anonymous asked:

My other half insists that just cause I'm asexual, doesn't mean I'm not straight. I suck at explaining anything, so please, could you provide an explanation as to why I'm not straight if I'm asexual?

“If I was straight, I would have said that. I am asexual. I don’t feel sexual attraction. Straight means ‘heterosexual and heteroromantic.’ I don’t feel sexual attraction to anyone and therefore cannot be heterosexual. So I am not straight.” You might also say something like “You don’t get to tell me what my labels are. I am the only one who gets to say what labels I identify with, and I do not identify with straight.” 



aka, A Picnic at the End of the World.  My Shadows of Mindor quoting saga continues

Han sat on the polyfilm survival blanket under the Falcon’s starboard
mandible, hugging his knees and waiting for the sun to rise. Leia lay on the
blanket beside him, breathing slowly and easily now. She looked like she
was only asleep.

He didn’t think he should wake her up.

The only word Leia had been able to speak had been light. She’d kept
asking for light, even with every light source within the Falcon dialed up to
maximum. She must have been talking about a different kind of light.

And when Han had gotten the grim news on their situation from Lando,
he’d figured that he might as well give her what she was asking for.

Everyone was going to die anyway. There was no escaping this trap. The
choice was between being killed by the breakup of Mindor or being roasted
alive by Taspan’s stellar flares.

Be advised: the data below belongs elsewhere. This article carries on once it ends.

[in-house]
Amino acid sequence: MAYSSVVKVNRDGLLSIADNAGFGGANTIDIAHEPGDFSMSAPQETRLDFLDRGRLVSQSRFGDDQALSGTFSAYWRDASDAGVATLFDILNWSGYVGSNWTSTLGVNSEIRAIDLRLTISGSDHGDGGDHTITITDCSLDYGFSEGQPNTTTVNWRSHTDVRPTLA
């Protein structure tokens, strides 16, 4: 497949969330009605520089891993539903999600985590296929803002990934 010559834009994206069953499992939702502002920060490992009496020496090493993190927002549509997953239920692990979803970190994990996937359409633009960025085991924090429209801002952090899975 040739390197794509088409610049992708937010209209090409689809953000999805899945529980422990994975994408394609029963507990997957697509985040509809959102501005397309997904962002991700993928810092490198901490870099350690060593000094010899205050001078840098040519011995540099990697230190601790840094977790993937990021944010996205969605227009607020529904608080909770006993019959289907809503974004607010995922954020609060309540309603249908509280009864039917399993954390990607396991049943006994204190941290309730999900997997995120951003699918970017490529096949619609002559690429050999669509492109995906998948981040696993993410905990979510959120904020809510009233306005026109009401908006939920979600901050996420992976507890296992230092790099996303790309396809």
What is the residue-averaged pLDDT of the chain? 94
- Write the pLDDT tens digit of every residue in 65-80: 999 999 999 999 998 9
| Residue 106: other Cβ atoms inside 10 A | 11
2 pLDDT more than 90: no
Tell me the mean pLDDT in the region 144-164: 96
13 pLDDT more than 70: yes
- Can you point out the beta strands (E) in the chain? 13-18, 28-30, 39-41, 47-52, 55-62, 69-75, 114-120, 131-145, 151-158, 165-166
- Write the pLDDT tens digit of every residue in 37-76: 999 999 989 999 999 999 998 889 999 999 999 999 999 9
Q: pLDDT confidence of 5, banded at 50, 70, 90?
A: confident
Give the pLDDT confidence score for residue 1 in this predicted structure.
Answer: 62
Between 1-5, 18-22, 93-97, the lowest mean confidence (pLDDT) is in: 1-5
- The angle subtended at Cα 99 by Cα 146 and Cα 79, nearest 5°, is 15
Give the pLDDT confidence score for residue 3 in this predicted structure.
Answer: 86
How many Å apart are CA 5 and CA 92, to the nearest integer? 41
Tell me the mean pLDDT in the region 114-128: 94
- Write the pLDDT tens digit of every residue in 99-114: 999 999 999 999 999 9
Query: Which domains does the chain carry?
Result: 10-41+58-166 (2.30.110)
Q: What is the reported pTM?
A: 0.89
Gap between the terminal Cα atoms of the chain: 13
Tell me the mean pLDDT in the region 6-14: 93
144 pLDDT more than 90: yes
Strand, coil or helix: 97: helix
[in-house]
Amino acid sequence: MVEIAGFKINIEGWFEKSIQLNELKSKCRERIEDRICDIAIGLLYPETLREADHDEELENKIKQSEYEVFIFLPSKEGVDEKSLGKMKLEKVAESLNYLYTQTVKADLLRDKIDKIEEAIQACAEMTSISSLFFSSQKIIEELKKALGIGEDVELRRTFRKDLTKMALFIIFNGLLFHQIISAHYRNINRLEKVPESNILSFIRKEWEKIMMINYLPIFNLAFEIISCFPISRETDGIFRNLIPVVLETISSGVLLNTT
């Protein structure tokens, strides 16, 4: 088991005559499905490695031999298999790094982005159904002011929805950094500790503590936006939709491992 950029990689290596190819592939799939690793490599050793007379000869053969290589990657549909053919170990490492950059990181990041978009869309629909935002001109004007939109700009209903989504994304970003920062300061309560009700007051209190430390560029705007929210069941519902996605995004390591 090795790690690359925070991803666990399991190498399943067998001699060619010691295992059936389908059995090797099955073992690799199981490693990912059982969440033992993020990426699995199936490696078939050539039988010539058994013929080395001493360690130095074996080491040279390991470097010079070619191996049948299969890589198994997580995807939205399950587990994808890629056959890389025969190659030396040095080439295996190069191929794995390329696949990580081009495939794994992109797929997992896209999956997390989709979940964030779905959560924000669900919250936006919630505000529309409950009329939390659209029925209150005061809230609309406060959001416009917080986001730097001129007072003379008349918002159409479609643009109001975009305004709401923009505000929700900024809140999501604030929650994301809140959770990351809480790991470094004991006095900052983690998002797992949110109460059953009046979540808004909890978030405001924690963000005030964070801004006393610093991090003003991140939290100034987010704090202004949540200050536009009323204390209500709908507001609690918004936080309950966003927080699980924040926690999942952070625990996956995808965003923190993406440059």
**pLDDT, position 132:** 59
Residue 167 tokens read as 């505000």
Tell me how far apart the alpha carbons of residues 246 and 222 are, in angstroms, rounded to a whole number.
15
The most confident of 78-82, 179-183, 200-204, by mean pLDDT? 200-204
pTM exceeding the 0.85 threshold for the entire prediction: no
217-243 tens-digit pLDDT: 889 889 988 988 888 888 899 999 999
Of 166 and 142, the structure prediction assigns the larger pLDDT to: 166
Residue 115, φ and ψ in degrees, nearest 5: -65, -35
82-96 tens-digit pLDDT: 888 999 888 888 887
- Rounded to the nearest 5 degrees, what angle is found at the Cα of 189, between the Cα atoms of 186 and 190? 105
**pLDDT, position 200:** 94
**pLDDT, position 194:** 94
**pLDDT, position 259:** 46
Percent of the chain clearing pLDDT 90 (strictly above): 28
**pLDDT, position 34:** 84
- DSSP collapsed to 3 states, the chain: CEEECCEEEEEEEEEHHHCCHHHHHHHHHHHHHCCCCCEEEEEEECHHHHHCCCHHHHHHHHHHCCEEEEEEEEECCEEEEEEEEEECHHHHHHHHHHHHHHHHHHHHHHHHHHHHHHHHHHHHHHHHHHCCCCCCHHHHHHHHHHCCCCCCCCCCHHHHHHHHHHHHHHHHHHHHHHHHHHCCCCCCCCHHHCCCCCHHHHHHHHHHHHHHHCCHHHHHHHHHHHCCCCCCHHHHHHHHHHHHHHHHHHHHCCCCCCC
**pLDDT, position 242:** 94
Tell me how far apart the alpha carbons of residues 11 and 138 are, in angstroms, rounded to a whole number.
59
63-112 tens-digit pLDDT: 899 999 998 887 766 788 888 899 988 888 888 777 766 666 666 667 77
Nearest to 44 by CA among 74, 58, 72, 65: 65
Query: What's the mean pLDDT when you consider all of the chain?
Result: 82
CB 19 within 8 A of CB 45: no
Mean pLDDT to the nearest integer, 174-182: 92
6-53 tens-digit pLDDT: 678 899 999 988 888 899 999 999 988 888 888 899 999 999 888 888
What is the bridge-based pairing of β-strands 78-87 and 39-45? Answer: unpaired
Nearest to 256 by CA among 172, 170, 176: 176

So he’d set down the Falcon on the shattered battlefield, spread the
blanket, and made Leia as comfortable as he could. Chewbacca had hung
back; he watched over them from the Falcon’s cockpit, out of respect.
Humans, he understood, often wanted privacy at times like these.

Han had stayed at Leia’s side as her seizures quieted; he stayed at her
side as her every pore oozed black and shiny meltmassif, as it drained off
her and puddled on the blanket. And he would stay at her side as the
groundquakes strengthened and the killing sun rose over the horizon.

He would be at her side when the planet exploded.

A bitter irony: she had suffered so much from being forced to watch her
homeworld destroyed. Now she would die in very much the same brutal
fashion as had her family and all her people.

That was why he figured he probably shouldn’t wake her up.

But the Force again displayed that nasty sense of humor; Leia stirred, and
her eyelids fluttered. “Han… ?”

“I’m here, Leia.” He felt like his heart would burst. “I’m right here.”

Her hand sought his. “So dark…”

“Yeah,” Han said. “But the sun’s coming up.”

“No… not here. Where I was.” She drew in a deep breath and released it in
a long, slow sigh. “It was so dark, Han. It was so dark for so long I couldn’t
even remember who I was. I couldn’t remember anything.”

Her eyes opened and found his face. “Except for you.”

Han swallowed and squeezed her hand. He didn’t trust his voice.

“It was like…like you were with me,” she murmured. “You were all I had
left - and I didn’t need anything else.”

“I’m with you now,” he said, his voice hoarse, unsteady. “We’re together.
And we always will be.”

“Han…” She pushed herself up to a sitting position and swiped a hand
across her eyes. “Is there anything to eat?”


“I’m hungry. Is there any food?”

Han shook his head, baffled. He nodded around at the stormtrooper
corpses that littered the field. “Nothing but, y'know, Imperial ration packs.
And they’re probably stale.”

“I don’t care.”

“Are you kidding?”

She shrugged, and gave him a smile that even now, even here, minutes